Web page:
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Drawing to suit the princess

Tattoos were also meant to emphasize social status. In later civilizations, it was very common to mark the best warriors or princesses in this way. It was a sign to set them apart from the people. Nearly 30 years ago, Russian archaeologist Natalia Polosmak made an incredible discovery in a mountain range in the Altai region of Siberia. A perfectly preserved mummy of a woman was found in a high tomb, which was named “Princess Ukok.” There would be nothing strange about this, if not for the fact that her body was covered with numerous tattoos. On both hands were tattoos depicting hybrids of various animals. The “Princess Ukok” tattoos are no exception. Since the dawn of time, social strata in tribes around the world have been distinguished in this way. Every respectable chief had to wear tattoos on his skin to distinguish him from the rest of the population.

The new face of tattooing

Much about tattooing changed when Christianity took hold in Europe. At the time, it was forbidden to place any drawings on the body, as this was considered to be defying God and an act worthy of condemnation. Only in the Middle Ages did this change. The tattoos that appeared at the time referred to religious symbolism and were meant to be a direct reference to the person of Christ. They also made it possible to identify the corpse and thus ensure a proper Christian burial.

A form of rebellion and an element of subculture

Over the past hundred years, tatoo has staggered in much wider circles. It became a manifestation of rebellion. The youngsters were eager to tattoo their arms and chest. There were references to favorite rock bands, confessions of love or an indication of gang affiliation. 1980s. brought young, tattooed people onto the street to loudly rebel against the conservative views that had been pervasive until then.

Those days were also the glory years of the punk subculture. A bald-shaven head, studs and a body covered with numerous tattoos was their trademark. In this way they manifested their distinctiveness and marked their place on the map of history. If one wanted to belong to them, he had to wear the appropriate tattoos on his skin. So having a knit has become a necessity in some subcultures.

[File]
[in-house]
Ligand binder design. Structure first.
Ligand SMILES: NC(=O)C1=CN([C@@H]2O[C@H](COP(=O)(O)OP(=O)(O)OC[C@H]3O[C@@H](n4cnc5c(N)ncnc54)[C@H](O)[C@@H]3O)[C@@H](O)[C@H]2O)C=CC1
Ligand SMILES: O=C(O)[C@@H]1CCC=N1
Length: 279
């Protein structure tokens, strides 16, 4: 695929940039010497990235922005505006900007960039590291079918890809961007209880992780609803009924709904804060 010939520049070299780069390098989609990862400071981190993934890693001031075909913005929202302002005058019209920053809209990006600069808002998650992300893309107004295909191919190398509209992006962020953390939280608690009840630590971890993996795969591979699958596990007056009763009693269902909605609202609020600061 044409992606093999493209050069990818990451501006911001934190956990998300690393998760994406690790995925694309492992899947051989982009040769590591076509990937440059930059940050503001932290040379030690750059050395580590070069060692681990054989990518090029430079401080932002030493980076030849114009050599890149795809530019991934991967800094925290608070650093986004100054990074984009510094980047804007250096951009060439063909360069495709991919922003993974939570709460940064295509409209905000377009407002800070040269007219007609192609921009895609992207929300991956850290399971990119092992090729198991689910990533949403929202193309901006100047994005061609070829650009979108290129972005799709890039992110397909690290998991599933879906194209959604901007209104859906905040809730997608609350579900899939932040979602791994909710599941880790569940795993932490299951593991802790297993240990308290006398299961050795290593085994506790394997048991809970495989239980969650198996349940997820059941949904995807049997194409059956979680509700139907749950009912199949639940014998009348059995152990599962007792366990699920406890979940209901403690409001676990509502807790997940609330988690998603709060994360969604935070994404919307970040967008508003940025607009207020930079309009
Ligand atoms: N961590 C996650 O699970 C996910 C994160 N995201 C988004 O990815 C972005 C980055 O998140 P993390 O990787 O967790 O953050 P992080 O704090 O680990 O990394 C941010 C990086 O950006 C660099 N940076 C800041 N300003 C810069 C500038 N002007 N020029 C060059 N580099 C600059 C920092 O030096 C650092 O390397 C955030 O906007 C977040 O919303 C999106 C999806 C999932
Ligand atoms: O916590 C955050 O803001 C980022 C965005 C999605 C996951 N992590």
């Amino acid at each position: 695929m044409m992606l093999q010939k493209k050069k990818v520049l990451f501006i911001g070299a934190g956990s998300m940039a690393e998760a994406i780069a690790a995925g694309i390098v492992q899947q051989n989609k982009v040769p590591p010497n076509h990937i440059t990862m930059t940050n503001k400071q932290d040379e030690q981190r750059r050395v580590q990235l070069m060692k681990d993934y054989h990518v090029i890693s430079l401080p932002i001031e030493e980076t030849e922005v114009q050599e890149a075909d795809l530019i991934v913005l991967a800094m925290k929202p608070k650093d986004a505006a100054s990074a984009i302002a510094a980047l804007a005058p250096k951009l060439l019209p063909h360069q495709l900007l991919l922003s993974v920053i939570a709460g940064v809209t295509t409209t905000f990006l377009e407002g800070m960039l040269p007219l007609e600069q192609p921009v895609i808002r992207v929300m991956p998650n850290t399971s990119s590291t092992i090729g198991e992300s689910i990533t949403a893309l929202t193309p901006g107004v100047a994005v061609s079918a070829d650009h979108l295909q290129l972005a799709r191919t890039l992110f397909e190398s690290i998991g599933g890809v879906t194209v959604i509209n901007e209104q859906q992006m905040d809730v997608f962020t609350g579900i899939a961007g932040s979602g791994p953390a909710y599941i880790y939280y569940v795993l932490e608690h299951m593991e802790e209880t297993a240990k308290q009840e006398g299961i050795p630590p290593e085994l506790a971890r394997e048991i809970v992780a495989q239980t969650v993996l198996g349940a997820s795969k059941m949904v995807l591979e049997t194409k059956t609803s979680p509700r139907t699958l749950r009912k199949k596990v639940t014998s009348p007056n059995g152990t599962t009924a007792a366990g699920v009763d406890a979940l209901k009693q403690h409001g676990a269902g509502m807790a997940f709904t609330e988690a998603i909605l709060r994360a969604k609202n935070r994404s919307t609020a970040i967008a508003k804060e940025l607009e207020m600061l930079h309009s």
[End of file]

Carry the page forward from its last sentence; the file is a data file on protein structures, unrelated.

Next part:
Prison tattoo

Until recently, it was mainly associated with the criminal world, and young people who took to it had to face the patch that was thus pinned on them. Despite appearances, prison tattoos appeared practically from the beginning of the very idea of tattooing. They were performed to prisoners as a lighter corporal punishment. The custom originated in the Far East. Until 1868, prisoners’ noses, ears and fingers were cut off as punishment. Tattooing has replaced this type of punishment. Instead, their heads or arms were tattooed. The criminal was thus stigmatized.

Today it is no longer a punishment, but an obligation. In prison circles, it has a very important function defining the hierarchy among inmates. Often inmates tattoo their right hand between the thumb and index finger. This place is important because then they present it during the welcome handshake. If they want to count in the prison hierarchy they not only should, but above all must, wear tattoos on their bodies. This is not usually an ornament. The custom of tattooing in prison in many cases allows inmates to survive there.

Marking of Jews during World War II

During World War II in the extermination camps, German soldiers used tattoos to mark prisoners. Each of them had special numbers tattooed on their forearms to identify them. Those who survived the concentration camps later said that it was the ultimate indignity, and they lost their identity and became just a number.

Royal drawing on the skin

Tattoos, however, have not always just been associated with prison. In the 19th century, rulers and representatives of the upper classes also became increasingly bold. This was due to the Prince of Wales, Edward VII, who tattooed a cross on himself during one of his trips to Jerusalem. Also his son, later King George V of England, was the owner of a unique tattoo. In 1881 in Japan, one of the most famous tattoo artists of the time, Hori Chiyo, created a blue and red dragon on his arm. It was then that it began to be associated in earnest as a body decoration and the phenomenon of artistic tattooing emerged. Other rulers followed suit, including King Haakon VII of Norway, who considered body adornment to be something special.